About the Breed: They are well mannered birds with both genders are protective parents. The history behind these birds is not well known, however they were common in the Southern United States before the Civil War which was the start of their downfall. Breeding programs came to a girding halt on top of hungry soldiers depleted the breeding stock. The whole population was knocked down to 12 birds before breeders finally took measures to save these beautiful birds. Dispute efforts there is an estimated 1,000 birds. Most are carriers of Bronze, Narraganett and maybe even Bourbon Red, that were introduced to expand the gene pool.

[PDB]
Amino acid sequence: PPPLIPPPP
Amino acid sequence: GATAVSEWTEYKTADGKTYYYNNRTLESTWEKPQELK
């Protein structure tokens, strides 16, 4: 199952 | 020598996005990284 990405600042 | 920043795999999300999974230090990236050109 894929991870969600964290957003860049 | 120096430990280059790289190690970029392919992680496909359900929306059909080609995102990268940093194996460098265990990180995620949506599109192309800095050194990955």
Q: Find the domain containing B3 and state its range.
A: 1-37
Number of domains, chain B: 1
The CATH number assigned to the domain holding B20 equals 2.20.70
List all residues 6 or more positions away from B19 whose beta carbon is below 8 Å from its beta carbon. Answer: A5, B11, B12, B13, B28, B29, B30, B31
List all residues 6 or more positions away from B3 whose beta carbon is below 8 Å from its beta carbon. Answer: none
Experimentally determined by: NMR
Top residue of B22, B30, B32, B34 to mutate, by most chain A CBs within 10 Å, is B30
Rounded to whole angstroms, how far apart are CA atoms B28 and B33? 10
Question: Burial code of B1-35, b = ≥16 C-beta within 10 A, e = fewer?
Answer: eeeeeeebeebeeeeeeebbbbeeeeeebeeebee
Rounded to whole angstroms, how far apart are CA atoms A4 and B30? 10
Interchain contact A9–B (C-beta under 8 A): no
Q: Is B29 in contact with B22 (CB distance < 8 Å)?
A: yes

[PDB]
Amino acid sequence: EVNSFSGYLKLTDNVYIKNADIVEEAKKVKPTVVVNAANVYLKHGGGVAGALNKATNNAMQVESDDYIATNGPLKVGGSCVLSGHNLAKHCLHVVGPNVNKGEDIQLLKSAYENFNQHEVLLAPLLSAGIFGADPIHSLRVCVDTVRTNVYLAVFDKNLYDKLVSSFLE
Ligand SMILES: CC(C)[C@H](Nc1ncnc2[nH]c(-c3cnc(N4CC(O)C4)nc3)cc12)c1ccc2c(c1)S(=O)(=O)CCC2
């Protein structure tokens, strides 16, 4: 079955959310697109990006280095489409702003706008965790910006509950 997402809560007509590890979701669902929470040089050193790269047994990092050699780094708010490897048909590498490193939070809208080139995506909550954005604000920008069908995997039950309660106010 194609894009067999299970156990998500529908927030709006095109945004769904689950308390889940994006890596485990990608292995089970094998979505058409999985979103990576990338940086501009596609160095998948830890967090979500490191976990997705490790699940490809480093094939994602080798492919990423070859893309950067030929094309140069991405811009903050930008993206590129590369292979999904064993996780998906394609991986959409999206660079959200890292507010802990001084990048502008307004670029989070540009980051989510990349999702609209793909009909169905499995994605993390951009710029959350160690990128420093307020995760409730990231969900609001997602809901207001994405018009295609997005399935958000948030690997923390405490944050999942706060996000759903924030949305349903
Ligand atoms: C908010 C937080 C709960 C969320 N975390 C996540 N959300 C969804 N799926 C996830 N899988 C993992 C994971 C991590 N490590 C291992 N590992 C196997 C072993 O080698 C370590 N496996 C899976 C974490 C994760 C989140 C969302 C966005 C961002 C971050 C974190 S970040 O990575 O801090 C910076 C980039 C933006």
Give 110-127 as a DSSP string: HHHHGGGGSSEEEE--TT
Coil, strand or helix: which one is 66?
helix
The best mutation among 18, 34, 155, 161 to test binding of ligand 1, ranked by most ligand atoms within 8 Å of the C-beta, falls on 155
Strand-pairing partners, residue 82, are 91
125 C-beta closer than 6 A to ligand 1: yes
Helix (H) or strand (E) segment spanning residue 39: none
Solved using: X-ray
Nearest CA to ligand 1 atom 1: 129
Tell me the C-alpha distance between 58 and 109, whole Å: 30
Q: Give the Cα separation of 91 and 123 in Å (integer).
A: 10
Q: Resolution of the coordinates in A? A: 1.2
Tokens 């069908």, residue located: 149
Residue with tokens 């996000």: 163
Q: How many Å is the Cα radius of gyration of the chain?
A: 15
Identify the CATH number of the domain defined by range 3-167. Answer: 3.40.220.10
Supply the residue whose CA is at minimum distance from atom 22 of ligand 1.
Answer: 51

Production: These birds are meat and egg producers. They are excellent foragers and given a substantial plot of land can maintain a healthy weight without gaining during the spring and summer. They can reach whooping sizes without the problem of growing into bodies that are not able to walk or breed. At 6 months they are a about 10-15 lbs table bird with juicy, tender meat. Hens start laying in Apr - Mar and sit on between 12-24 eggs for 30 days. They may or may not try to start another clutch in Aug - Sep. Hens have also been known to set on a bad clutch of eggs for over two months.
Description: The name Chocolate describes the color of its feathers, shanks and feet. Any bronze patterns and/or white spots in the wings or white tipping in the feathers is a fault in this variety, however is very common and tolerated by most breeders. Chicks are born with light chocolate bodies and white to cream heads.
Size: Toms 35 lbs Hens 20 lbs.
Status: Currently recognized as a critically rare breed.